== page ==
We would like to measure the length of our trails next spring. If any Eduners have access to a measuring wheel we could use to get an accurate length of our trails, please let this be known.

We also need more lids for trash barrels. These should be designed to fit over a 55 gal barrel and keep the rain out.

Here's my response:

I first met Ginny and Charlie Metcalf and their two children in 1990. Their daughter was 7 or 8 and missing her front teeth. Their son was about 5 and gave new meaning to the term perpetual motion.

Charlie is on a police force in California and Ginny is a housewife. They'd make great stand-ins for Ozzie and Harriet.

I last saw the Metcalfs in the summer of 1998. Their daughter, a teenager, had developed into a strikingly attractive, poised, self-confident young lady. Charlie bragged that their son was "a straight-A student."

This anecdote would be of little significance except that the Metcalfs spend many of their weekends at a nudist park. This is where I met them.

In her article "Factors Associated with More Positive Body Self-Concepts in Preschool Children" in the Journal of Social Psychology, home Economist Marilyn Story reported that among 13 factors she studied "only two were generally significant, with males having more positive body self-concepts than females and social nudists more positive body self-concepts than nonnudists."

Last year UCLA psychologists Paul Okami, Richard Olmstead, Paul Abramson and Laura Pendleton published in the Archives of Sexual Behavior the results of an 18-year study, "Early Childhood Exposure to Parental Nudity and Scenes of Parental Sexuality ('Primal Scenes'): An 18-Year Longitudinal Study of Outcome." They reported, "At age 17-18, participants were assessed for levels of self-acceptance; relations with peers, parents, and other adults; antisocial and criminal behavior; substance use; suicide ideation; quality of sexual relationships; and problems associated with sexual relations. No harmful 'main effects' correlates of the predictor variables were found."

In his sensationally titled editorial "The Naked Truth about TV," Sun associate editor Steve Baska fumed, "The truth is, they have little or no concern for the children affected by seeing nudity and hearing profanity."

Excuse me? Profanity aside, one would hope that Mr. Baska might elaborate on whose children are affected by seeing nudity and how. Could this be one of these cases where "values" and scientific findings collide?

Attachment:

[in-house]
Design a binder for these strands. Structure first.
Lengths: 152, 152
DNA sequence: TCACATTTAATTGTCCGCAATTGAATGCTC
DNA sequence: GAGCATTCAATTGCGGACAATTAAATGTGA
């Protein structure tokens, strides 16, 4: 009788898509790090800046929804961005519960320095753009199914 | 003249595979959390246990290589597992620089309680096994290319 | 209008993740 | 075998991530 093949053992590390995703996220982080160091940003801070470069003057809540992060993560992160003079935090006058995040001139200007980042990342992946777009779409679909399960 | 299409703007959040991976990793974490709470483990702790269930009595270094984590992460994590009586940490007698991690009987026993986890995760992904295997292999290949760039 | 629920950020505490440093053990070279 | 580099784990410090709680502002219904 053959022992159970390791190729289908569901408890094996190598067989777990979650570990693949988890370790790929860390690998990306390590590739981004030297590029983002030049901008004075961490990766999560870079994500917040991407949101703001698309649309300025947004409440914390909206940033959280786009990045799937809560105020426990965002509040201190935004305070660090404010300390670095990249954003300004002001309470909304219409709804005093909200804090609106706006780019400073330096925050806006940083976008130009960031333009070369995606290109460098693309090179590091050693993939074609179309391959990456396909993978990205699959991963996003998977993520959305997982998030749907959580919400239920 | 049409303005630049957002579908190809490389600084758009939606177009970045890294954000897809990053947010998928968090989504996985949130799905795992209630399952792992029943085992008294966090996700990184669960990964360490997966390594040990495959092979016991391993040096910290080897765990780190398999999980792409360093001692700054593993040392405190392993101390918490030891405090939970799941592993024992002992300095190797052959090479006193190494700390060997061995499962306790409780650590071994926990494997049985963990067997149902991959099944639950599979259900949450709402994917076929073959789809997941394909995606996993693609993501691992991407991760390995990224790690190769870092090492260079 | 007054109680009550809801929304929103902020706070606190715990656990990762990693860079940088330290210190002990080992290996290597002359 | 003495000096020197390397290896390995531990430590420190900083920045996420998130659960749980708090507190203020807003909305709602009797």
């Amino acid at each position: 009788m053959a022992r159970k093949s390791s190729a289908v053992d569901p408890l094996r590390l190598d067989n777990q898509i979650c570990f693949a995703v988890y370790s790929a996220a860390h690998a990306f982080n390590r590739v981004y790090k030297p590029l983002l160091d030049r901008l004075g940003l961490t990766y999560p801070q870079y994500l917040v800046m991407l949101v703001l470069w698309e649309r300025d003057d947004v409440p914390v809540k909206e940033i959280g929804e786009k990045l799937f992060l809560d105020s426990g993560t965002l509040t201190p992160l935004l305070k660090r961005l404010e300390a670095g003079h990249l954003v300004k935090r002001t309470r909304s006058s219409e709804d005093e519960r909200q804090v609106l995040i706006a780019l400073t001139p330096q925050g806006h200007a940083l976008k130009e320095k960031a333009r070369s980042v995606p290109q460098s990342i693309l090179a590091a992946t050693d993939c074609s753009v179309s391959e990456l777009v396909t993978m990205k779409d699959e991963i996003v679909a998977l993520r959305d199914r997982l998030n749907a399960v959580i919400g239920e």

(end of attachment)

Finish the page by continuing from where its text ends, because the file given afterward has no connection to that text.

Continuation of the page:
Last January Shawnee preacher Phil Ellsworth treated a Shawnee-Mission school district curriculum review committee to a lecture on the harm English teacher Tim Thornburg was doing to his students by showing them "Romeo and Juliet." The film shows Olivia Hussey's breast for 4 seconds.

The committee wasn't convinced.

Everyone is entitled to their opinion about the effects of nudity on children. But when these opinions enter the public debate they become fair game for critical review. So I'm calling Mr. Baska's hand. Let him back up his opinion with facts.

The Naturalist Naturist

By Biology Bill

By the time you read this, it will be winter at Lake Edun. Like all other natural settings in Kansas, this means it is much cooler than it was during the past summer. In accord, except for the occasional sauna or indoor party, human activity has pretty much stopped at the Lake until next spring. What not everybody realizes, however, is we tropical primates are not the only critters who have to change our behavior drastically in response to the changing seasons.

Winter provides several challenges to all living things. First, and most obvious, it is cold, which provides the topic for this article. This means that you will need a lot of extra energy to stay warm if you're warm-blooded. If you don't have an internal thermostat (such as if you're a frog or turtle) you'll be very sluggish. An obvious solution is one that naturists as a group tend to disapprove of -- wear more clothes! The mice, deer, birds, squirrels and other warm-blooded winter inhabitants of Lake Edun all put on heavier coats of fur and feathers for the season.